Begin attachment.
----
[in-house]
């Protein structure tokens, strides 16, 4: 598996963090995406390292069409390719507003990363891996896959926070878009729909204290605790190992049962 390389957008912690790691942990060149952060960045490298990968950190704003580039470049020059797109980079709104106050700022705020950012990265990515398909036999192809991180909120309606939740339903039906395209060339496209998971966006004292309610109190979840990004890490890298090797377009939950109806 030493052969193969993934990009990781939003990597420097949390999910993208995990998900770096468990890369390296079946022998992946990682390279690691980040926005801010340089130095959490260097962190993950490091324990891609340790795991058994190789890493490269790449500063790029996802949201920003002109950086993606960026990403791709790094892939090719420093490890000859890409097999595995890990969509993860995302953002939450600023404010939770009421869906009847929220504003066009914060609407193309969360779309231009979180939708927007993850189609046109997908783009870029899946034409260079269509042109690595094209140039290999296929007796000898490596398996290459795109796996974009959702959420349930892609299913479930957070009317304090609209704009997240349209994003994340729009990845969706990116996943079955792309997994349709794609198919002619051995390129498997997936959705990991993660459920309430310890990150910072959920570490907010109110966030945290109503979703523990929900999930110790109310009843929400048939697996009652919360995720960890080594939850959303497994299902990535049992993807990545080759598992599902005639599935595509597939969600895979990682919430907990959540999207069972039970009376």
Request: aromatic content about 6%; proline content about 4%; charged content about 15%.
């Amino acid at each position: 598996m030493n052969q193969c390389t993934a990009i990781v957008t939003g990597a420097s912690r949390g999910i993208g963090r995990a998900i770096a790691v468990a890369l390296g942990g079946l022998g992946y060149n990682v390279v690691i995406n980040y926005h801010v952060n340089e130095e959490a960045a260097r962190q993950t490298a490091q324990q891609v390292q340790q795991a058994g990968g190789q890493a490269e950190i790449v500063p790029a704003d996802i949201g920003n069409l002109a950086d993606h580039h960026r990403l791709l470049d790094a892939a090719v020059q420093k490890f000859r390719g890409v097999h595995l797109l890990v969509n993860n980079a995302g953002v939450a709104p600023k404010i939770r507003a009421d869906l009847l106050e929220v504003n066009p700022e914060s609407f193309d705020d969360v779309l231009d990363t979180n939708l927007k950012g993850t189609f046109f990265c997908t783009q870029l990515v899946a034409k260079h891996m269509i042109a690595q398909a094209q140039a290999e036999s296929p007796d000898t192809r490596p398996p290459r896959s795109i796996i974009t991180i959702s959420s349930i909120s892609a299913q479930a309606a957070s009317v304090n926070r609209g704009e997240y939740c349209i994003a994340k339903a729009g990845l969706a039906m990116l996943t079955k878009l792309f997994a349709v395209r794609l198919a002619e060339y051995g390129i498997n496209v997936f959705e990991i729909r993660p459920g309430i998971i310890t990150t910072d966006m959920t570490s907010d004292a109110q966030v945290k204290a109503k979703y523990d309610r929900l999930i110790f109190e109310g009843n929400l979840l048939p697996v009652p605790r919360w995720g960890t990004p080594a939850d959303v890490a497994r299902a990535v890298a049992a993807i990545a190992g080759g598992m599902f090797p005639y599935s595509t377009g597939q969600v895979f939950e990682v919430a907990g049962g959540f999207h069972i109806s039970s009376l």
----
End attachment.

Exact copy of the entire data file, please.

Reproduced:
[in-house]
């Protein structure tokens, strides 16, 4: 598996963090995406390292069409390719507003990363891996896959926070878009729909204290605790190992049962 390389957008912690790691942990060149952060960045490298990968950190704003580039470049020059797109980079709104106050700022705020950012990265990515398909036999192809991180909120309606939740339903039906395209060339496209998971966006004292309610109190979840990004890490890298090797377009939950109806 030493052969193969993934990009990781939003990597420097949390999910993208995990998900770096468990890369390296079946022998992946990682390279690691980040926005801010340089130095959490260097962190993950490091324990891609340790795991058994190789890493490269790449500063790029996802949201920003002109950086993606960026990403791709790094892939090719420093490890000859890409097999595995890990969509993860995302953002939450600023404010939770009421869906009847929220504003066009914060609407193309969360779309231009979180939708927007993850189609046109997908783009870029899946034409260079269509042109690595094209140039290999296929007796000898490596398996290459795109796996974009959702959420349930892609299913479930957070009317304090609209704009997240349209994003994340729009990845969706990116996943079955792309997994349709794609198919002619051995390129498997997936959705990991993660459920309430310890990150910072959920570490907010109110966030945290109503979703523990929900999930110790109310009843929400048939697996009652919360995720960890080594939850959303497994299902990535049992993807990545080759598992599902005639599935595509597939969600895979990682919430907990959540999207069972039970009376």
Request: aromatic content about 6%; proline content about 4%; charged content about 15%.
């Amino acid at each position: 598996m030493n052969q193969c390389t993934a990009i990781v957008t939003g990597a420097s912690r949390g999910i993208g963090r995990a998900i770096a790691v468990a890369l390296g942990g079946l022998g992946y060149n990682v390279v690691i995406n980040y926005h801010v952060n340089e130095e959490a960045a260097r962190q993950t490298a490091q324990q891609v390292q340790q795991a058994g990968g190789q890493a490269e950190i790449v500063p790029a704003d996802i949201g920003n069409l002109a950086d993606h580039h960026r990403l791709l470049d790094a892939a090719v020059q420093k490890f000859r390719g890409v097999h595995l797109l890990v969509n993860n980079a995302g953002v939450a709104p600023k404010i939770r507003a009421d869906l009847l106050e929220v504003n066009p700022e914060s609407f193309d705020d969360v779309l231009d990363t979180n939708l927007k950012g993850t189609f046109f990265c997908t783009q870029l990515v899946a034409k260079h891996m269509i042109a690595q398909a094209q140039a290999e036999s296929p007796d000898t192809r490596p398996p290459r896959s795109i796996i974009t991180i959702s959420s349930i909120s892609a299913q479930a309606a957070s009317v304090n926070r609209g704009e997240y939740c349209i994003a994340k339903a729009g990845l969706a039906m990116l996943t079955k878009l792309f997994a349709v395209r794609l198919a002619e060339y051995g390129i498997n496209v997936f959705e990991i729909r993660p459920g309430i998971i310890t990150t910072d966006m959920t570490s907010d004292a109110q966030v945290k204290a109503k979703y523990d309610r929900l999930i110790f109190e109310g009843n929400l979840l048939p697996v009652p605790r919360w995720g960890t990004p080594a939850d959303v890490a497994r299902a990535v890298a049992a993807i990545a190992g080759g598992m599902f090797p005639y599935s595509t377009g597939q969600v895979f939950e990682v919430a907990g049962g959540f999207h069972i109806s039970s009376l």